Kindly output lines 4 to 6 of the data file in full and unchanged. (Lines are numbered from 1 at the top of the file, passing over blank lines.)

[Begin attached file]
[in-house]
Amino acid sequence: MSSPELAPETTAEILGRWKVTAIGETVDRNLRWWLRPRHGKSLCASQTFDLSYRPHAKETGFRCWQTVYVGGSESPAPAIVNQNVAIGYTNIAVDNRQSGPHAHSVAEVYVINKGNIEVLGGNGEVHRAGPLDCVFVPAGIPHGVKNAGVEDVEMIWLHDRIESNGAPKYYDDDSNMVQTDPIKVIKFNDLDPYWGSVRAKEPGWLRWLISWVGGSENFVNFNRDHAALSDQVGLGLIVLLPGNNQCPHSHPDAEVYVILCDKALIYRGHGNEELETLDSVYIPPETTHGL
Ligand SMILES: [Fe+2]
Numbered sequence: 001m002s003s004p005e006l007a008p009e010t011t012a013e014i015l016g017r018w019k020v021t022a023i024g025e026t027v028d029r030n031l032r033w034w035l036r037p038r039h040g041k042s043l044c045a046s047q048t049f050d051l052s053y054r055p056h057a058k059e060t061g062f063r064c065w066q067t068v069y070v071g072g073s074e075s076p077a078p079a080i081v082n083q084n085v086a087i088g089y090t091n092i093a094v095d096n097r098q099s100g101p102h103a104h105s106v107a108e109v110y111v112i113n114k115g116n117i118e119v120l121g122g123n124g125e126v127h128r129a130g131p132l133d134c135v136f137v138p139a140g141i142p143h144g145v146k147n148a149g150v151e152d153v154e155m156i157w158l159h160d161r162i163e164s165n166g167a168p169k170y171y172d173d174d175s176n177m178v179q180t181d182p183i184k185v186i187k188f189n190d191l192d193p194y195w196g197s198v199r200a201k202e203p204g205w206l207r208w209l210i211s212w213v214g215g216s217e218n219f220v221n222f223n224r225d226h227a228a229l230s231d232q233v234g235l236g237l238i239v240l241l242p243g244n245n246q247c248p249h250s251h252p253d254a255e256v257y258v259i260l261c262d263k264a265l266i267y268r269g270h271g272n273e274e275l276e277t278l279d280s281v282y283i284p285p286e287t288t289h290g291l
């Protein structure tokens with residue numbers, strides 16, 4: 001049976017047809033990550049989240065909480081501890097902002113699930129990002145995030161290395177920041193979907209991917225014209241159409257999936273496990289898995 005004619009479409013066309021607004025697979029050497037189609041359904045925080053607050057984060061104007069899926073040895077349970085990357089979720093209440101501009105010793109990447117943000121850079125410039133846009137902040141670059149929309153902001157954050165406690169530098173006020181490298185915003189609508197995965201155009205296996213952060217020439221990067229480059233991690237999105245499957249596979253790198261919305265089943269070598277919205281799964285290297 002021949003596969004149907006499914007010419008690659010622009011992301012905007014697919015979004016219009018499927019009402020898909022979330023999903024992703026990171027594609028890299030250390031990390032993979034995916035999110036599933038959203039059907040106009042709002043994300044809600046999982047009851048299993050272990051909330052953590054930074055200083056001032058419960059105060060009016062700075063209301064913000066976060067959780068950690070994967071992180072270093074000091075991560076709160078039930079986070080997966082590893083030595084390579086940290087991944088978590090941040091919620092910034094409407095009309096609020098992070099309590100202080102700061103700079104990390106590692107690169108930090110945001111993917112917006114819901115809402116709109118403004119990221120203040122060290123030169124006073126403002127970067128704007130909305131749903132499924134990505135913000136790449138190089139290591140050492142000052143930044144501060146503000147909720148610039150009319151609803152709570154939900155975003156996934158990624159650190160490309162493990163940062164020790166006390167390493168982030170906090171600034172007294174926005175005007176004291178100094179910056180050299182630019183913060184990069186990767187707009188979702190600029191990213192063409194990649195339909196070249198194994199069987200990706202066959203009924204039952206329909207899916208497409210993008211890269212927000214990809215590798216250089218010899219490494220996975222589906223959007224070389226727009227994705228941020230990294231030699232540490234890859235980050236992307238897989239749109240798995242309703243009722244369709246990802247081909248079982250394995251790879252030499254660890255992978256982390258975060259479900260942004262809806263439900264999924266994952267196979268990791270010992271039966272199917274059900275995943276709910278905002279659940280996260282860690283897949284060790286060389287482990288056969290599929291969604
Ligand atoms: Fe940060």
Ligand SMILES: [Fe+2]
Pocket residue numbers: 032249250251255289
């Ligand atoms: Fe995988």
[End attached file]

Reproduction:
Numbered sequence: 001m002s003s004p005e006l007a008p009e010t011t012a013e014i015l016g017r018w019k020v021t022a023i024g025e026t027v028d029r030n031l032r033w034w035l036r037p038r039h040g041k042s043l044c045a046s047q048t049f050d051l052s053y054r055p056h057a058k059e060t061g062f063r064c065w066q067t068v069y070v071g072g073s074e075s076p077a078p079a080i081v082n083q084n085v086a087i088g089y090t091n092i093a094v095d096n097r098q099s100g101p102h103a104h105s106v107a108e109v110y111v112i113n114k115g116n117i118e119v120l121g122g123n124g125e126v127h128r129a130g131p132l133d134c135v136f137v138p139a140g141i142p143h144g145v146k147n148a149g150v151e152d153v154e155m156i157w158l159h160d161r162i163e164s165n166g167a168p169k170y171y172d173d174d175s176n177m178v179q180t181d182p183i184k185v186i187k188f189n190d191l192d193p194y195w196g197s198v199r200a201k202e203p204g205w206l207r208w209l210i211s212w213v214g215g216s217e218n219f220v221n222f223n224r225d226h227a228a229l230s231d232q233v234g235l236g237l238i239v240l241l242p243g244n245n246q247c248p249h250s251h252p253d254a255e256v257y258v259i260l261c262d263k264a265l266i267y268r269g270h271g272n273e274e275l276e277t278l279d280s281v282y283i284p285p286e287t288t289h290g291l
């Protein structure tokens with residue numbers, strides 16, 4: 001049976017047809033990550049989240065909480081501890097902002113699930129990002145995030161290395177920041193979907209991917225014209241159409257999936273496990289898995 005004619009479409013066309021607004025697979029050497037189609041359904045925080053607050057984060061104007069899926073040895077349970085990357089979720093209440101501009105010793109990447117943000121850079125410039133846009137902040141670059149929309153902001157954050165406690169530098173006020181490298185915003189609508197995965201155009205296996213952060217020439221990067229480059233991690237999105245499957249596979253790198261919305265089943269070598277919205281799964285290297 002021949003596969004149907006499914007010419008690659010622009011992301012905007014697919015979004016219009018499927019009402020898909022979330023999903024992703026990171027594609028890299030250390031990390032993979034995916035999110036599933038959203039059907040106009042709002043994300044809600046999982047009851048299993050272990051909330052953590054930074055200083056001032058419960059105060060009016062700075063209301064913000066976060067959780068950690070994967071992180072270093074000091075991560076709160078039930079986070080997966082590893083030595084390579086940290087991944088978590090941040091919620092910034094409407095009309096609020098992070099309590100202080102700061103700079104990390106590692107690169108930090110945001111993917112917006114819901115809402116709109118403004119990221120203040122060290123030169124006073126403002127970067128704007130909305131749903132499924134990505135913000136790449138190089139290591140050492142000052143930044144501060146503000147909720148610039150009319151609803152709570154939900155975003156996934158990624159650190160490309162493990163940062164020790166006390167390493168982030170906090171600034172007294174926005175005007176004291178100094179910056180050299182630019183913060184990069186990767187707009188979702190600029191990213192063409194990649195339909196070249198194994199069987200990706202066959203009924204039952206329909207899916208497409210993008211890269212927000214990809215590798216250089218010899219490494220996975222589906223959007224070389226727009227994705228941020230990294231030699232540490234890859235980050236992307238897989239749109240798995242309703243009722244369709246990802247081909248079982250394995251790879252030499254660890255992978256982390258975060259479900260942004262809806263439900264999924266994952267196979268990791270010992271039966272199917274059900275995943276709910278905002279659940280996260282860690283897949284060790286060389287482990288056969290599929291969604
Ligand atoms: Fe940060």